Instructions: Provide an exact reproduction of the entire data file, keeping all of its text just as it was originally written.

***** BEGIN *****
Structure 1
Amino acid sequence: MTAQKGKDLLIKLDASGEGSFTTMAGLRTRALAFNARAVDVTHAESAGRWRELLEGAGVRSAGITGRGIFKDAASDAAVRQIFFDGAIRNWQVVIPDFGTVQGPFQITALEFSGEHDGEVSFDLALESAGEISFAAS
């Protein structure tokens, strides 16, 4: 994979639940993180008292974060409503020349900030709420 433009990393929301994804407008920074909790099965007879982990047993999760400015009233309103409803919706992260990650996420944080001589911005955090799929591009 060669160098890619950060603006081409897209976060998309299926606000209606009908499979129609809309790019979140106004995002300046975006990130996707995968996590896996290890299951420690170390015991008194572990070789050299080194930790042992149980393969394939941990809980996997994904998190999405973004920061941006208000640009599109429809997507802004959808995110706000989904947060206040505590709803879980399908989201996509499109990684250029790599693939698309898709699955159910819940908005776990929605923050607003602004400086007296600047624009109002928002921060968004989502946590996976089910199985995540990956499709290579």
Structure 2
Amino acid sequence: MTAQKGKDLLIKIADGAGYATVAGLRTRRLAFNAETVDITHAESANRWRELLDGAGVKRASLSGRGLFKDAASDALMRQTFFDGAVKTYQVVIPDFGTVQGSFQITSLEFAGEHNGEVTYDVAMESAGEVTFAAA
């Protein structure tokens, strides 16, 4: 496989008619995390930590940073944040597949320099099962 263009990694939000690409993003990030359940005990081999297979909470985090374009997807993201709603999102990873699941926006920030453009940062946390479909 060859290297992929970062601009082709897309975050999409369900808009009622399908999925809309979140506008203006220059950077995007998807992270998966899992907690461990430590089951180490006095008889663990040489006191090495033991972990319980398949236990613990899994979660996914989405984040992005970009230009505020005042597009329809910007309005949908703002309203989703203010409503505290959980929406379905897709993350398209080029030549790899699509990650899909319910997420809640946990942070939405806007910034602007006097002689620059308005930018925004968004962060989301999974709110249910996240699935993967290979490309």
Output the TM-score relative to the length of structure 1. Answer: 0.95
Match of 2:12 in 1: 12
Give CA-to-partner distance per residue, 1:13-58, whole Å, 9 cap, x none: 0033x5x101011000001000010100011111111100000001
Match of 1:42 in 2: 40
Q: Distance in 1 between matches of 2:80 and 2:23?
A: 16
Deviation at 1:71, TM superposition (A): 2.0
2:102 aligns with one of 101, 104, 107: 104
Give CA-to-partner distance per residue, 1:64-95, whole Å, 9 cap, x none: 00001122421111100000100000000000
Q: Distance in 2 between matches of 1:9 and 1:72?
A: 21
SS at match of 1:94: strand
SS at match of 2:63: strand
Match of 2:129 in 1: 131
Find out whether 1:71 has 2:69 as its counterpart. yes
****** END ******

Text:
Structure 1
Amino acid sequence: MTAQKGKDLLIKLDASGEGSFTTMAGLRTRALAFNARAVDVTHAESAGRWRELLEGAGVRSAGITGRGIFKDAASDAAVRQIFFDGAIRNWQVVIPDFGTVQGPFQITALEFSGEHDGEVSFDLALESAGEISFAAS
């Protein structure tokens, strides 16, 4: 994979639940993180008292974060409503020349900030709420 433009990393929301994804407008920074909790099965007879982990047993999760400015009233309103409803919706992260990650996420944080001589911005955090799929591009 060669160098890619950060603006081409897209976060998309299926606000209606009908499979129609809309790019979140106004995002300046975006990130996707995968996590896996290890299951420690170390015991008194572990070789050299080194930790042992149980393969394939941990809980996997994904998190999405973004920061941006208000640009599109429809997507802004959808995110706000989904947060206040505590709803879980399908989201996509499109990684250029790599693939698309898709699955159910819940908005776990929605923050607003602004400086007296600047624009109002928002921060968004989502946590996976089910199985995540990956499709290579």
Structure 2
Amino acid sequence: MTAQKGKDLLIKIADGAGYATVAGLRTRRLAFNAETVDITHAESANRWRELLDGAGVKRASLSGRGLFKDAASDALMRQTFFDGAVKTYQVVIPDFGTVQGSFQITSLEFAGEHNGEVTYDVAMESAGEVTFAAA
């Protein structure tokens, strides 16, 4: 496989008619995390930590940073944040597949320099099962 263009990694939000690409993003990030359940005990081999297979909470985090374009997807993201709603999102990873699941926006920030453009940062946390479909 060859290297992929970062601009082709897309975050999409369900808009009622399908999925809309979140506008203006220059950077995007998807992270998966899992907690461990430590089951180490006095008889663990040489006191090495033991972990319980398949236990613990899994979660996914989405984040992005970009230009505020005042597009329809910007309005949908703002309203989703203010409503505290959980929406379905897709993350398209080029030549790899699509990650899909319910997420809640946990942070939405806007910034602007006097002689620059308005930018925004968004962060989301999974709110249910996240699935993967290979490309």
Output the TM-score relative to the length of structure 1. Answer: 0.95
Match of 2:12 in 1: 12
Give CA-to-partner distance per residue, 1:13-58, whole Å, 9 cap, x none: 0033x5x101011000001000010100011111111100000001
Match of 1:42 in 2: 40
Q: Distance in 1 between matches of 2:80 and 2:23?
A: 16
Deviation at 1:71, TM superposition (A): 2.0
2:102 aligns with one of 101, 104, 107: 104
Give CA-to-partner distance per residue, 1:64-95, whole Å, 9 cap, x none: 00001122421111100000100000000000
Q: Distance in 2 between matches of 1:9 and 1:72?
A: 21
SS at match of 1:94: strand
SS at match of 2:63: strand
Match of 2:129 in 1: 131
Find out whether 1:71 has 2:69 as its counterpart. yes